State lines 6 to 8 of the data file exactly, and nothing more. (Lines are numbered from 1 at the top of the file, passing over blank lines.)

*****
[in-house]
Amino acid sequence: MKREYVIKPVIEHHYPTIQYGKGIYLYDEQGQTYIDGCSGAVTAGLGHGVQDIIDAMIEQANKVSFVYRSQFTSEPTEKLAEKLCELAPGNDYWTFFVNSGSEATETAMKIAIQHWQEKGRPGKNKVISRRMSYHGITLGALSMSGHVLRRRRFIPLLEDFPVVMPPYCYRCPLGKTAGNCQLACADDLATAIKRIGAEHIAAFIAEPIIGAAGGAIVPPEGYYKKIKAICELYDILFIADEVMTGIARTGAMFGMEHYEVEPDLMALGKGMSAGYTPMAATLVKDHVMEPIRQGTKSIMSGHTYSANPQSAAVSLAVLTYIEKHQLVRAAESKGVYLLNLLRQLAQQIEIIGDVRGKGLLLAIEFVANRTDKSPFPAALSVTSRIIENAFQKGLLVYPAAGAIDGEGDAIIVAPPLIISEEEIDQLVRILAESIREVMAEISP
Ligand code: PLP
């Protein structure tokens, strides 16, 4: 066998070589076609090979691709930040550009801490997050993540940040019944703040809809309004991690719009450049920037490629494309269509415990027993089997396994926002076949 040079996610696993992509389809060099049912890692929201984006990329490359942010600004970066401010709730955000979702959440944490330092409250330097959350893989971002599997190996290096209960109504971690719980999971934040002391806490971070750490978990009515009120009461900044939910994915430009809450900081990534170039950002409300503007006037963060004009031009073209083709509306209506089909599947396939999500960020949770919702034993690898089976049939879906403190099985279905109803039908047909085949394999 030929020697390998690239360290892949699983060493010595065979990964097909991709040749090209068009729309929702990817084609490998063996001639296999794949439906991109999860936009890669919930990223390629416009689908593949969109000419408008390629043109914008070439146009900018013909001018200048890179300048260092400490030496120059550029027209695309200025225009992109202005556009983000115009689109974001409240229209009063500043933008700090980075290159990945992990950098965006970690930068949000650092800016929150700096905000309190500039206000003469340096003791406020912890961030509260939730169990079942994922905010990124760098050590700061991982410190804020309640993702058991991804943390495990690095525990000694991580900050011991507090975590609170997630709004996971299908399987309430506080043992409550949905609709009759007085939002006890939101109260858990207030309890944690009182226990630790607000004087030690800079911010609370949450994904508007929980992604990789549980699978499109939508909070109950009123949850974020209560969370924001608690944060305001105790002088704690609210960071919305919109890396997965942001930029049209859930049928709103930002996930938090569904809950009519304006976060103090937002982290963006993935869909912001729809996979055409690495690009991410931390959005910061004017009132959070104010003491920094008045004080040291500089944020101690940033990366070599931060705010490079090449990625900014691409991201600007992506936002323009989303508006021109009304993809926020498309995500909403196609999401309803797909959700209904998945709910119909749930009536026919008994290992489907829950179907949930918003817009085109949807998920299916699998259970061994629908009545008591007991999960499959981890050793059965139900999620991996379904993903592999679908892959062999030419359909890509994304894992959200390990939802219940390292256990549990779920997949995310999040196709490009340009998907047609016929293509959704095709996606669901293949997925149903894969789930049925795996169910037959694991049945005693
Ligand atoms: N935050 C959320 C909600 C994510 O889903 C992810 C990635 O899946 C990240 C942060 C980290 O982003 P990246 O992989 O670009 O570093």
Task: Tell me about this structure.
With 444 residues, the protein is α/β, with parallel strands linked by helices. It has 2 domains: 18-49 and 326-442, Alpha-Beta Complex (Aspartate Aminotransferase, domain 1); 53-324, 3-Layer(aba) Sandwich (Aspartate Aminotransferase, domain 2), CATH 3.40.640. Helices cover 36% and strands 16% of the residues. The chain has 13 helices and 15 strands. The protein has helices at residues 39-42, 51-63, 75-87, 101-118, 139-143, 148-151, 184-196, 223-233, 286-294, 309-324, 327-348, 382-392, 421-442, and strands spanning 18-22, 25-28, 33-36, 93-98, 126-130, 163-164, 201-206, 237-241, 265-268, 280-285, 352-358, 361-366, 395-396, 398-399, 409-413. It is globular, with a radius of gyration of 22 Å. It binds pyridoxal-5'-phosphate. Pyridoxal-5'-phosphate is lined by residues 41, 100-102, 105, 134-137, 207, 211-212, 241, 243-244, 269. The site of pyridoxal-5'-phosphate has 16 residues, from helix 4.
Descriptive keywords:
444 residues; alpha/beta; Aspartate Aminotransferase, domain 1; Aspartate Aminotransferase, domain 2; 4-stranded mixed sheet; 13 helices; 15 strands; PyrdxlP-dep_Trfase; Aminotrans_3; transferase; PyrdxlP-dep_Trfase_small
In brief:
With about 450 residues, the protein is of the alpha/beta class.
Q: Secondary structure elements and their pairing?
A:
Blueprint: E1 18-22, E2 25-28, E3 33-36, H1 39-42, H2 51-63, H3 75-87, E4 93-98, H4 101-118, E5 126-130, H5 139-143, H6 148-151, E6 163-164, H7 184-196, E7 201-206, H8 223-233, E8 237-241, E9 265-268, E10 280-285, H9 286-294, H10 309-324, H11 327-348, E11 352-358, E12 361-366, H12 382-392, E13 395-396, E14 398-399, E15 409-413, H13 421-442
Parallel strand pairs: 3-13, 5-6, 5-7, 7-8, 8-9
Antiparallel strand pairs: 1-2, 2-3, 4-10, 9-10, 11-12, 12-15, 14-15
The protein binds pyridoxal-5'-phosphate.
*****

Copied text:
Task: Tell me about this structure.
With 444 residues, the protein is α/β, with parallel strands linked by helices. It has 2 domains: 18-49 and 326-442, Alpha-Beta Complex (Aspartate Aminotransferase, domain 1); 53-324, 3-Layer(aba) Sandwich (Aspartate Aminotransferase, domain 2), CATH 3.40.640. Helices cover 36% and strands 16% of the residues. The chain has 13 helices and 15 strands. The protein has helices at residues 39-42, 51-63, 75-87, 101-118, 139-143, 148-151, 184-196, 223-233, 286-294, 309-324, 327-348, 382-392, 421-442, and strands spanning 18-22, 25-28, 33-36, 93-98, 126-130, 163-164, 201-206, 237-241, 265-268, 280-285, 352-358, 361-366, 395-396, 398-399, 409-413. It is globular, with a radius of gyration of 22 Å. It binds pyridoxal-5'-phosphate. Pyridoxal-5'-phosphate is lined by residues 41, 100-102, 105, 134-137, 207, 211-212, 241, 243-244, 269. The site of pyridoxal-5'-phosphate has 16 residues, from helix 4.
Descriptive keywords: